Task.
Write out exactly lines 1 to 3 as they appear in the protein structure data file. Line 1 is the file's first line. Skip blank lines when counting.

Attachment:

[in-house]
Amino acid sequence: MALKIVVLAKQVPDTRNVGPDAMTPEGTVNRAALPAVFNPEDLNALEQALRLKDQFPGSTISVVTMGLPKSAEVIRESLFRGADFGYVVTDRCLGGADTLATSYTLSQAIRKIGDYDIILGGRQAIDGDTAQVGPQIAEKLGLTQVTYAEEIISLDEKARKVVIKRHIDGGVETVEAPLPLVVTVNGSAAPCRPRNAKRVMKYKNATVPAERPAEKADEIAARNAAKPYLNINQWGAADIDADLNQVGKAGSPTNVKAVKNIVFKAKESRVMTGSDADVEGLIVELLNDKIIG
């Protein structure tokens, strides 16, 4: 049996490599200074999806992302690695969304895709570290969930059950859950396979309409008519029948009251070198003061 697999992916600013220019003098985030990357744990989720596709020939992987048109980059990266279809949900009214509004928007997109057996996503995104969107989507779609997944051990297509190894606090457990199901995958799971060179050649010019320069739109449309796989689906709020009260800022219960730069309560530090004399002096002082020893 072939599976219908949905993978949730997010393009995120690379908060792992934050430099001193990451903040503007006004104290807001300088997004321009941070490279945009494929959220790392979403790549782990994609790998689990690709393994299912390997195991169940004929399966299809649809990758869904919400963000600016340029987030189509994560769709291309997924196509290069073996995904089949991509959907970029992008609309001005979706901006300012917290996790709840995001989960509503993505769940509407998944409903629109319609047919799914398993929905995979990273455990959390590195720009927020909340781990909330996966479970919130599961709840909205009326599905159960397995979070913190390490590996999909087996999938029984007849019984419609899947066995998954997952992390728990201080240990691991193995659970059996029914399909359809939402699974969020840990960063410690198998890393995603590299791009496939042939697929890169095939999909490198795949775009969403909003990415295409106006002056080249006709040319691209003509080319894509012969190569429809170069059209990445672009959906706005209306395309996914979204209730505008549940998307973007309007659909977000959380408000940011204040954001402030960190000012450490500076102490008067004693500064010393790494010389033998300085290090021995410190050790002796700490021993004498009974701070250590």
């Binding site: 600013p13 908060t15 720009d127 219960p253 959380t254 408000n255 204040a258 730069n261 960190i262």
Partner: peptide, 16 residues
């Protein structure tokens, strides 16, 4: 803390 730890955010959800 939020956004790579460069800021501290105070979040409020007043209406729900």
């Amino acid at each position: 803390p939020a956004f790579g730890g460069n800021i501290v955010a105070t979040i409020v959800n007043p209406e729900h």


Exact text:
[in-house]
Amino acid sequence: MALKIVVLAKQVPDTRNVGPDAMTPEGTVNRAALPAVFNPEDLNALEQALRLKDQFPGSTISVVTMGLPKSAEVIRESLFRGADFGYVVTDRCLGGADTLATSYTLSQAIRKIGDYDIILGGRQAIDGDTAQVGPQIAEKLGLTQVTYAEEIISLDEKARKVVIKRHIDGGVETVEAPLPLVVTVNGSAAPCRPRNAKRVMKYKNATVPAERPAEKADEIAARNAAKPYLNINQWGAADIDADLNQVGKAGSPTNVKAVKNIVFKAKESRVMTGSDADVEGLIVELLNDKIIG
């Protein structure tokens, strides 16, 4: 049996490599200074999806992302690695969304895709570290969930059950859950396979309409008519029948009251070198003061 697999992916600013220019003098985030990357744990989720596709020939992987048109980059990266279809949900009214509004928007997109057996996503995104969107989507779609997944051990297509190894606090457990199901995958799971060179050649010019320069739109449309796989689906709020009260800022219960730069309560530090004399002096002082020893 072939599976219908949905993978949730997010393009995120690379908060792992934050430099001193990451903040503007006004104290807001300088997004321009941070490279945009494929959220790392979403790549782990994609790998689990690709393994299912390997195991169940004929399966299809649809990758869904919400963000600016340029987030189509994560769709291309997924196509290069073996995904089949991509959907970029992008609309001005979706901006300012917290996790709840995001989960509503993505769940509407998944409903629109319609047919799914398993929905995979990273455990959390590195720009927020909340781990909330996966479970919130599961709840909205009326599905159960397995979070913190390490590996999909087996999938029984007849019984419609899947066995998954997952992390728990201080240990691991193995659970059996029914399909359809939402699974969020840990960063410690198998890393995603590299791009496939042939697929890169095939999909490198795949775009969403909003990415295409106006002056080249006709040319691209003509080319894509012969190569429809170069059209990445672009959906706005209306395309996914979204209730505008549940998307973007309007659909977000959380408000940011204040954001402030960190000012450490500076102490008067004693500064010393790494010389033998300085290090021995410190050790002796700490021993004498009974701070250590």